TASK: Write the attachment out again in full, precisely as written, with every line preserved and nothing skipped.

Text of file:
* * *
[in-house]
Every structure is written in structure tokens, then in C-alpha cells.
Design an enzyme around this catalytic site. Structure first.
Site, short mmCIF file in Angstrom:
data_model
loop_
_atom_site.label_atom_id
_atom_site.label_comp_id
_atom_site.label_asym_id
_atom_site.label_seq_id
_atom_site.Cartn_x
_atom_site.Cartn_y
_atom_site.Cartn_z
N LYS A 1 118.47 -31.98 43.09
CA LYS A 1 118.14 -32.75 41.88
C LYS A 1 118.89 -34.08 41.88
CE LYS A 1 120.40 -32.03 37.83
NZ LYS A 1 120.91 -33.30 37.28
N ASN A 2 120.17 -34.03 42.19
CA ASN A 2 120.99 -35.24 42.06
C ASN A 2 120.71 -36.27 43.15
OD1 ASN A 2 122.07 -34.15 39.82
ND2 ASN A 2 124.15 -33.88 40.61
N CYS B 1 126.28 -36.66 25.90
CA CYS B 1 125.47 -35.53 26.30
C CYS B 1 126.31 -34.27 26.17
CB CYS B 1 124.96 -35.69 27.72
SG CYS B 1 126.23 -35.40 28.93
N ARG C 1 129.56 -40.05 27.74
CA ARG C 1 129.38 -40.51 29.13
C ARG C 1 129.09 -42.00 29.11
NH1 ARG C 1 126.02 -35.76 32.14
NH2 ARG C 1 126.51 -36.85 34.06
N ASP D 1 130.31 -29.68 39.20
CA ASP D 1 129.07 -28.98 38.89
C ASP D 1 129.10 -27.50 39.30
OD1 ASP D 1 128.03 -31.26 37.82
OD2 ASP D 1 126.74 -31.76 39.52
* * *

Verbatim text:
[in-house]
Every structure is written in structure tokens, then in C-alpha cells.
Design an enzyme around this catalytic site. Structure first.
Site, short mmCIF file in Angstrom:
data_model
loop_
_atom_site.label_atom_id
_atom_site.label_comp_id
_atom_site.label_asym_id
_atom_site.label_seq_id
_atom_site.Cartn_x
_atom_site.Cartn_y
_atom_site.Cartn_z
N LYS A 1 118.47 -31.98 43.09
CA LYS A 1 118.14 -32.75 41.88
C LYS A 1 118.89 -34.08 41.88
CE LYS A 1 120.40 -32.03 37.83
NZ LYS A 1 120.91 -33.30 37.28
N ASN A 2 120.17 -34.03 42.19
CA ASN A 2 120.99 -35.24 42.06
C ASN A 2 120.71 -36.27 43.15
OD1 ASN A 2 122.07 -34.15 39.82
ND2 ASN A 2 124.15 -33.88 40.61
N CYS B 1 126.28 -36.66 25.90
CA CYS B 1 125.47 -35.53 26.30
C CYS B 1 126.31 -34.27 26.17
CB CYS B 1 124.96 -35.69 27.72
SG CYS B 1 126.23 -35.40 28.93
N ARG C 1 129.56 -40.05 27.74
CA ARG C 1 129.38 -40.51 29.13
C ARG C 1 129.09 -42.00 29.11
NH1 ARG C 1 126.02 -35.76 32.14
NH2 ARG C 1 126.51 -36.85 34.06
N ASP D 1 130.31 -29.68 39.20
CA ASP D 1 129.07 -28.98 38.89
C ASP D 1 129.10 -27.50 39.30
OD1 ASP D 1 128.03 -31.26 37.82
OD2 ASP D 1 126.74 -31.76 39.52